You would submit various documents as directed by your Forensic Accountant.
We provide other forensic services such as fraud awareness training and fraud risk assessment.
Fraud training help employees understand the impact of fraud on their companies and what they can do to help prevent it. Our program is customized to make it specific to your organization’s needs. Our curriculum includes the three types of occupational fraud, the types of fraud committed by employees and vendors, what causes people to commit fraud, red flags to look out for, and what to do if they suspect fraud.
Fraud risk assessment identifies a company’s vulnerability to internal fraud, the potential inherent fraud risks, assess the likelihood and significance of occurrence of the identified fraud risks, evaluate which people and departments are most likely to commit fraud and identify the methods they are likely to use, identify and map existing preventive and detective controls to the relevant fraud risks, evaluate whether the identified controls are operating effectively and efficiently, and identify and evaluate residual fraud risks resulting from ineffective or nonexistent controls.
Perpetrators display certain behaviors or characteristics that might indicate they are committing or are at risk of committing fraud. These indicators can vary depending on the perpetrator’s level of authority. Examples include living beyond their means, financial difficulties, an unwillingness to share duties, divorce or family problems, addiction problems, refusal to take vacations, complaints about inadequate pay, and excessive pressure from within the organization. However, you should never assume someone displaying these red flags is guilty of fraud. Innocent people can also exhibit similar behavior.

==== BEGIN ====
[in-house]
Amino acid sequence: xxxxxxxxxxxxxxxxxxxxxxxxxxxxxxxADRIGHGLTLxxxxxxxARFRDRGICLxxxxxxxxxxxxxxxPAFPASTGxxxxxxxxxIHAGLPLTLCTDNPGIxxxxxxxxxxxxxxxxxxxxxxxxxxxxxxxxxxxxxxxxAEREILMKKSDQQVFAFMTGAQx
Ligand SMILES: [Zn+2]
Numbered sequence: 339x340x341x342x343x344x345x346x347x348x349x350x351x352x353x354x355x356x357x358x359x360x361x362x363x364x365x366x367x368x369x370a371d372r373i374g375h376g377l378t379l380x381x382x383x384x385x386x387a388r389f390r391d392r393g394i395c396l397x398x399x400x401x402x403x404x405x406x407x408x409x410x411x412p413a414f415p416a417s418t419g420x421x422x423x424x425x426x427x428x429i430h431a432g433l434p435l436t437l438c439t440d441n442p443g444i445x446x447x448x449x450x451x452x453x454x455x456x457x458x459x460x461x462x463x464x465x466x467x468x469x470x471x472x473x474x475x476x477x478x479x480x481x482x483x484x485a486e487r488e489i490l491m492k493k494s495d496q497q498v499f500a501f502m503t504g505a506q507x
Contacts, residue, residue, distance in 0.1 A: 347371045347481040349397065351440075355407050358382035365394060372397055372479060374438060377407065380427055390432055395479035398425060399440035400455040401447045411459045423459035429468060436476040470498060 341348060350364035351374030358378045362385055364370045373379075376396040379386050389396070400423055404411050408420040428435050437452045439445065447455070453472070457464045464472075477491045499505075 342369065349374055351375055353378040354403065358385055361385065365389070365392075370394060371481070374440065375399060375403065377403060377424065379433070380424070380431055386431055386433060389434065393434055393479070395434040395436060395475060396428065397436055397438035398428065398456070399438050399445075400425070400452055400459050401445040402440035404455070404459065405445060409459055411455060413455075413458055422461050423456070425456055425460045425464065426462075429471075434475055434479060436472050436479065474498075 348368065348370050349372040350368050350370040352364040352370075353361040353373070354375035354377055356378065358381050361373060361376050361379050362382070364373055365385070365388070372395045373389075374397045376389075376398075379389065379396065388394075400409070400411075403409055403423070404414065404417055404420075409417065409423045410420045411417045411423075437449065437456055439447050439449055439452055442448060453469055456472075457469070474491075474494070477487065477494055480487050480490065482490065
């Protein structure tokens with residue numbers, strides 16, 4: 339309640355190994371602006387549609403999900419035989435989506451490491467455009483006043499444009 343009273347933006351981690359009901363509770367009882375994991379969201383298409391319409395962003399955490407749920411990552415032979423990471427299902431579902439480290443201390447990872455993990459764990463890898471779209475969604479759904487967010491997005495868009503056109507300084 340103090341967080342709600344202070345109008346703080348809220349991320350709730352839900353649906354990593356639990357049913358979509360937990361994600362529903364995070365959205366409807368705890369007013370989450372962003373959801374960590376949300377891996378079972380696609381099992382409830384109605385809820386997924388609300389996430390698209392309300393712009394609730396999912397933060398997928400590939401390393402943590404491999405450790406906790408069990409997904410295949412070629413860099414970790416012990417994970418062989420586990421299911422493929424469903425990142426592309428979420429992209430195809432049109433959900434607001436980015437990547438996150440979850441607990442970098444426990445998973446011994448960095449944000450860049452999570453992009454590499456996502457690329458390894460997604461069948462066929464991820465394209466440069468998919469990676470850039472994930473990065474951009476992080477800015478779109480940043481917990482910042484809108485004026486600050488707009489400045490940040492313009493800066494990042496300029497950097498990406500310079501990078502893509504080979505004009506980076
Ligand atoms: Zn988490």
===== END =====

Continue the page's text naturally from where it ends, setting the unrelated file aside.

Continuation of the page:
According to the Association of Certified Fraud Examiners’ Report to the Nations, tips have consistently been the most common way to uncover fraud. Employees are the most common source of fraud tips, but customers, vendors, competitors, and non-company sources also submit tips. Other detection methods include internal audits, management review, account reconciliation, by accident, document examination, surveillance or monitoring, external audit, IT control, notification by police, or confession by the perpetrator.
Nearly 80% of frauds in the ACFE’s study were committed by individuals in the following eight departments: accounting, operations, sales, executive and upper management, customer service, administrative support, finance, and purchasing.
Asset misappropriations are those schemes in which perpetrators steal or misuse an organization’s resources. Examples include skimming or forging company checks. These types of schemes are the most frequent but least costly form of occupational fraud. Financial statement fraud occurs in fewer cases but is by far the most costly to an organization. Financial statement fraud schemes include recording fictitious revenues or inflating reported assets.
There is a strong correlation between the perpetrator’s position of authority and their ability to commit fraud. Employees and managers are more likely to commit wrongdoing than owners or executives. However, the median loss in owner or executive fraud is much higher than losses in employee fraud cases. Frauds committed by those at a higher level also take longer to detect.